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Amazing Advances in Asia’s Military AI and Robots

The objective of the military is to protect the nation’s sovereignty by securing its borders and keeping its people safe. With the advent of the Internet of Things, Artificial intelligence is greatly advancing the sector of military intelligence. Military might is now measured by its intelligence and robots, and less by its weapons.

In May last year, an artificial intelligence programme defeated a Chinese grandmaster at the game of Go. The ancient board game of Go is all about winning more territory through a challenge of strategies. And with that, artificial intelligence (AI) had made its unofficial entry into the world of military intelligence.

For Google, who programmed the AI, the win underscored the company’s hopes of re-entry into the China market. For China, the event was another inspiration behind the sector of military AI.

The Asian region hosts the top five strongest armies in the world. However, the future military is not about might as much as it is about intelligence. And AI is the enabler that will help prevent wars.

The best facial recognition in the world

In a competition set up by a research arm of the U.S. intelligence community, a Chinese startup took the highest cash award with the best facial recognition technology. The AI challenge was to identify as many passengers as possible walking on an aircraft boarding ramp.

For the U.S., this was one of the many signs that confirm the rapid pace at which the China military intelligence is advancing. A U.S.-based think tank reported that ’China is no longer in a position of technological inferiority relative to the United States but rather has become a true peer (competitor) that have the capability to overtake the United States in AI’. It also said that ‘future U.S.-China competitions in AI could alter future economic and military balances of power.’

Underwater robots

Great underwater ideas are coming from the island of Singapore. A team of researchers modeled their reconnaissance robot after the manta ray. It not only looks like a manta ray, it swims exactly like one.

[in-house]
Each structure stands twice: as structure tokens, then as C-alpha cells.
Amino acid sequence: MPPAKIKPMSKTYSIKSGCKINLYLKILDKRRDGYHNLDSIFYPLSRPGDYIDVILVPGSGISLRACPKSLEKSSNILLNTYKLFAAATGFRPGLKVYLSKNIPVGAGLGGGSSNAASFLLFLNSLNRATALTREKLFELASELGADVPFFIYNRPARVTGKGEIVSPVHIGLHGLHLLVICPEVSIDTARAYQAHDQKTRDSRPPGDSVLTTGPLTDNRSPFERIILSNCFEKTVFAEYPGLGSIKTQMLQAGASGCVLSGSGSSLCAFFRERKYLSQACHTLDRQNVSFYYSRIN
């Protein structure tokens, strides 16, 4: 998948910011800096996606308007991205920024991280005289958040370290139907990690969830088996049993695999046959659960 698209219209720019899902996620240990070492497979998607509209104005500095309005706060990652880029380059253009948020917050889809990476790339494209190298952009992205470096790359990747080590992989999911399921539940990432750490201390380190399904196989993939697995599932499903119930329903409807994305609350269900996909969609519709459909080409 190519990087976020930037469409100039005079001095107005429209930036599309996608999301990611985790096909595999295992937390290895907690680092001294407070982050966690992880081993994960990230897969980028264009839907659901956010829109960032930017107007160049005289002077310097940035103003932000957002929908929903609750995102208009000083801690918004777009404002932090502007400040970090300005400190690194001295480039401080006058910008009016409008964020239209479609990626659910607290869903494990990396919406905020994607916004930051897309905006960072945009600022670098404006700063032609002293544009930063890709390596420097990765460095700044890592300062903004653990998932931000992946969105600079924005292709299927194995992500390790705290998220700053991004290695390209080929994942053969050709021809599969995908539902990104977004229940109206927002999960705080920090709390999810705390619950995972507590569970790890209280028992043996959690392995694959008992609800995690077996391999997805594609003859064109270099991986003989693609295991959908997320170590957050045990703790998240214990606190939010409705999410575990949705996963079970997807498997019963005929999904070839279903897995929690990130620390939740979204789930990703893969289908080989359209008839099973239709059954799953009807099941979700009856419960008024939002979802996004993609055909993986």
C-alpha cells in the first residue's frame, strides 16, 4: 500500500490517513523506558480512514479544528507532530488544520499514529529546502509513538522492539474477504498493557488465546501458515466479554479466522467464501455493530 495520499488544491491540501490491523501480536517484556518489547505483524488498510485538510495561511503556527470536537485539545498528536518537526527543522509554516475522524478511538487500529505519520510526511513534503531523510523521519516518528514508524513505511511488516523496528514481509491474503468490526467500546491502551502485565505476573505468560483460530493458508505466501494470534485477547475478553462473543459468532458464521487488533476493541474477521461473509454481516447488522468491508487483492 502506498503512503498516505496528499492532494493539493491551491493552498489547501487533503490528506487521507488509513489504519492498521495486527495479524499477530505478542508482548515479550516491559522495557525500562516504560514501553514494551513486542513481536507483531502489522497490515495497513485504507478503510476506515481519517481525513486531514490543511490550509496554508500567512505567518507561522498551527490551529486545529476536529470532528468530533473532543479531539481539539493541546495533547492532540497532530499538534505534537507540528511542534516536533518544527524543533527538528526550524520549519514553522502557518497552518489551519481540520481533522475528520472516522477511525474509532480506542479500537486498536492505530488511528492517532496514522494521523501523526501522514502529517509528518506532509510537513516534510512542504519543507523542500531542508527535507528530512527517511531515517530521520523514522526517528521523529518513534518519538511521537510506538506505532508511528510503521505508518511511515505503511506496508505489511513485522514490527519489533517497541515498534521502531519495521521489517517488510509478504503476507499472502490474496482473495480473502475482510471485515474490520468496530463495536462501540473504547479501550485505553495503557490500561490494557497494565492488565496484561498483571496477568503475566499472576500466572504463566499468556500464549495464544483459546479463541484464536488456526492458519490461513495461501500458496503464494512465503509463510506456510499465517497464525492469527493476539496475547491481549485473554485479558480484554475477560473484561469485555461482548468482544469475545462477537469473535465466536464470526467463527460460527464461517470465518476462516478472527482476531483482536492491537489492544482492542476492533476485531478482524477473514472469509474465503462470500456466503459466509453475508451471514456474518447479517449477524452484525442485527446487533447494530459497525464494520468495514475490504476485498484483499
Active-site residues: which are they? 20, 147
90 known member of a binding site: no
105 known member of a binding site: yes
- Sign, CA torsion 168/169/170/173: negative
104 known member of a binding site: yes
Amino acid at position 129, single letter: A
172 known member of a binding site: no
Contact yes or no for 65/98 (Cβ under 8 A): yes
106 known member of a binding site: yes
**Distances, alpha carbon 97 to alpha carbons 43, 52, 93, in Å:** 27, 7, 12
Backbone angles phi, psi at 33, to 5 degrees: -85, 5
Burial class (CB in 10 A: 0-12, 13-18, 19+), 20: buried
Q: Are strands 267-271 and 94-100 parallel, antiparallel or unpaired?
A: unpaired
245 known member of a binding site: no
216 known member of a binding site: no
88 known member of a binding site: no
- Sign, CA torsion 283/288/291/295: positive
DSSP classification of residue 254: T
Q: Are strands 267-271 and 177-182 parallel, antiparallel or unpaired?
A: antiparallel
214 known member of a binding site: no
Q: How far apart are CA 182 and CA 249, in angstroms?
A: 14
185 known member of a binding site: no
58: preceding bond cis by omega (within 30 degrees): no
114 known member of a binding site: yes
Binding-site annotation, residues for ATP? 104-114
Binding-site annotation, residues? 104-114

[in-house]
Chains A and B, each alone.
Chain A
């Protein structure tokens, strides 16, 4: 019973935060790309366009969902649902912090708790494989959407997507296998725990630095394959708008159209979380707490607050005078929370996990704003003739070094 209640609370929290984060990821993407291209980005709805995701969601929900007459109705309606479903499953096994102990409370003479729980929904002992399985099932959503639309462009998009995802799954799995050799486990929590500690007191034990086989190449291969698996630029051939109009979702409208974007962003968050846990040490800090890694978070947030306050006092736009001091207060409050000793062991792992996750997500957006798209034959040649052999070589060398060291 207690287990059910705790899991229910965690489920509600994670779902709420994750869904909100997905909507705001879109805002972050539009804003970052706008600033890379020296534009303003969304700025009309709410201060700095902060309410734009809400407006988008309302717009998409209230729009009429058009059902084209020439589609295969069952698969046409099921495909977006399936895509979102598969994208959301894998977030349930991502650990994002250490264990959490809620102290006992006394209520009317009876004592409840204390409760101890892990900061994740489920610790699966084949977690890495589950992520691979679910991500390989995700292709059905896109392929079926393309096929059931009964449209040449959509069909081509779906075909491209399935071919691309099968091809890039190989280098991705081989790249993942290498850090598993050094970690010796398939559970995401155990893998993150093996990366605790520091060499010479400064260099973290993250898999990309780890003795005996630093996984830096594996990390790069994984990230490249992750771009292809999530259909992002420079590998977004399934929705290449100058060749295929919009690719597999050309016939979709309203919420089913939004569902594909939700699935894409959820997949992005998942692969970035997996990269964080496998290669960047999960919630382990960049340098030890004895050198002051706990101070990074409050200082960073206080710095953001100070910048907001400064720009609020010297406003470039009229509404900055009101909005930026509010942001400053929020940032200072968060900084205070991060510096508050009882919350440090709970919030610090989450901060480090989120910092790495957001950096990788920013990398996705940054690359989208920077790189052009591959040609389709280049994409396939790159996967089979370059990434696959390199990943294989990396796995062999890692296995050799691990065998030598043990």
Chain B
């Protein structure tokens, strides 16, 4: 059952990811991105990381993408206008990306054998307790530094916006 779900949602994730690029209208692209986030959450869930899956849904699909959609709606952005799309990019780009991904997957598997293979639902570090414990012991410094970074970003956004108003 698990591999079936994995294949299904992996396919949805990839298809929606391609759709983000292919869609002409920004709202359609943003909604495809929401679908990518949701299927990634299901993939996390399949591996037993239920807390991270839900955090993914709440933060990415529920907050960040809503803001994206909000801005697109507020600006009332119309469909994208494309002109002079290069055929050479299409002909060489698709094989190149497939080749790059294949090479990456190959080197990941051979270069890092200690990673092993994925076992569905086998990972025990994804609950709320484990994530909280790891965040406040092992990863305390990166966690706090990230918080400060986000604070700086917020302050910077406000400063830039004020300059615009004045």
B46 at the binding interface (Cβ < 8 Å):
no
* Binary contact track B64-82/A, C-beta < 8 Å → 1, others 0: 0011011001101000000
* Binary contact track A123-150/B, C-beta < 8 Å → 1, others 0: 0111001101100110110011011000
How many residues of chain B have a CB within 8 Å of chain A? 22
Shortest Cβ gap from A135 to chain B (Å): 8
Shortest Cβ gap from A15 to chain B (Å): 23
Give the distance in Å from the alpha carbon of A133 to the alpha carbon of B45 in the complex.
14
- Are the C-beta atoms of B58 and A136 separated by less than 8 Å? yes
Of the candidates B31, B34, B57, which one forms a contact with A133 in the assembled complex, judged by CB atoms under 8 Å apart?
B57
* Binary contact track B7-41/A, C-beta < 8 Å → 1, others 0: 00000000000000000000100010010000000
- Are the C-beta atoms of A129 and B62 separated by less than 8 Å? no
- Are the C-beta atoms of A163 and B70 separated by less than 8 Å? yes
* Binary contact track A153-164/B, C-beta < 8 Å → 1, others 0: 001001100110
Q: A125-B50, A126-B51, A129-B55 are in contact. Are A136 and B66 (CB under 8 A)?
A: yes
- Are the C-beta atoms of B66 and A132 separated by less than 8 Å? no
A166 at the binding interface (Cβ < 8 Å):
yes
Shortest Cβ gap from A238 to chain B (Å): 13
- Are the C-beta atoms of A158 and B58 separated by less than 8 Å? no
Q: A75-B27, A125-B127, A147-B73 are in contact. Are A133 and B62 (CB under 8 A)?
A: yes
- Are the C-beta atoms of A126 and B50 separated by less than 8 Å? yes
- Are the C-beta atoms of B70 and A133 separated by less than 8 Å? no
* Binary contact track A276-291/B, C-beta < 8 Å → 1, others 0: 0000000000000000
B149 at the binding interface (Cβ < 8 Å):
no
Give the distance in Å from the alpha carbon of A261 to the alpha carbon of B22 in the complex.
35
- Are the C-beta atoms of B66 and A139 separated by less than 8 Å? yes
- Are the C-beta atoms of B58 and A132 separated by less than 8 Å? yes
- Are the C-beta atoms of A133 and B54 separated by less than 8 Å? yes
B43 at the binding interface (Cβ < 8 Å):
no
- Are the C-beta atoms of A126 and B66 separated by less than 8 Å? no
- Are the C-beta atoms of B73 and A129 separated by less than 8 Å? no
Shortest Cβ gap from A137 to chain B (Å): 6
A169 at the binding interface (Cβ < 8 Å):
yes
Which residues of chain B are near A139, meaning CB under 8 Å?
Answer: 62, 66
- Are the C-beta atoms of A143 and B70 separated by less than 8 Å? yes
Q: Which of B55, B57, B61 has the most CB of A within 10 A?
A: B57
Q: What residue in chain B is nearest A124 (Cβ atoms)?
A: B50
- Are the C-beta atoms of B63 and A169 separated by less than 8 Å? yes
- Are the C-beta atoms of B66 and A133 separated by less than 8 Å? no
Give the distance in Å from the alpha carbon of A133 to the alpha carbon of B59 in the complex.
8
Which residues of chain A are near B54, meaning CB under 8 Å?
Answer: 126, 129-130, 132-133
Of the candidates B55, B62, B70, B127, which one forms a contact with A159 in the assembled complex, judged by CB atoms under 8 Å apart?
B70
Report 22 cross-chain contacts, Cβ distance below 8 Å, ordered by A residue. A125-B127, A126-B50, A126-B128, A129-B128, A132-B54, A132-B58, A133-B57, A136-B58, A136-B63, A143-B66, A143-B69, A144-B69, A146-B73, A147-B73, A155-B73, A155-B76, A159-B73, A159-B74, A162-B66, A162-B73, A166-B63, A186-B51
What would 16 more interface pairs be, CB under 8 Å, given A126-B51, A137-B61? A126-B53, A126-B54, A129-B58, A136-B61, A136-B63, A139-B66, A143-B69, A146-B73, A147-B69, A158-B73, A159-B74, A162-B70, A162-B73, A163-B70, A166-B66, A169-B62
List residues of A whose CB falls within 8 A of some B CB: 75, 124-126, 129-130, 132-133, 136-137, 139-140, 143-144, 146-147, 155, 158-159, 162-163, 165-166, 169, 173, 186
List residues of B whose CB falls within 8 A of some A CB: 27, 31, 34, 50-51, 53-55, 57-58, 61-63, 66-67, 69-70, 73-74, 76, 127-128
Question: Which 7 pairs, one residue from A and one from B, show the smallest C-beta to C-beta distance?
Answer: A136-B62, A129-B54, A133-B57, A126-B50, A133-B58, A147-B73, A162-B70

The manta ray’s swimming stroke has been painstakingly studied by scientists for over the past three decades, simply because it is the most efficient in the water, even in turbulent currents. Its one-of-a-kind propulsion system allows it to flap effortlessly and cruise through even the roughest undercurrents. Researchers at the National University of Singapore are the first to successfully use single motors for each fin and perfect the fluid-fin interaction.

After achieving optimum bio-locomotion, the researchers can now equip the manta ray with tools and software for different purposes. It can be employed in various fields such as underwater mapping and ocean bed surveying, as well as military reconnaissance.

Battle of technology

The U.S. think tank report continues to elaborate on the role of artificial intelligence in military applications. ‘The Chinese anticipate that the advent of AI could fundamentally change the character of warfare,’ the report said. As one of Asia biggest military powers, China is looking to seize the potential of AI as an ‘opportunity to change paradigms’; looking at the new machine-led speed at which battlefields are managed these days.

Meanwhile, the advent of AI seems promising in the ethical sense. Militaries of the future might depend greater on prevention than army deployment. In the U.S., AI is already greatly changing the way information is analyzed — from analyzing drone footages at humanly-impossible speeds to performing targeted facial analysis at security borders.

Currently, the aim for most militaries is to further equip themselves with the AI technology monopolized by the U.S. Companies from China are using the acquisition of U.S. firms to directly access these valuable Ai technologies and smarts.

A warless future?

Intelligence and technology seem to be the focus for militaries of the world so far. Would our militaries in the future manage not by warfare but by prevention of war? Will future wars in be about the race to acquire technology rather than weapons? Will it be about the monopoly of AI rather than expanding territories? Securing borders rather than creating new ones? It is still too early to say if we’re heading towards a warless future, but AI is shifting the way military might is perceived.

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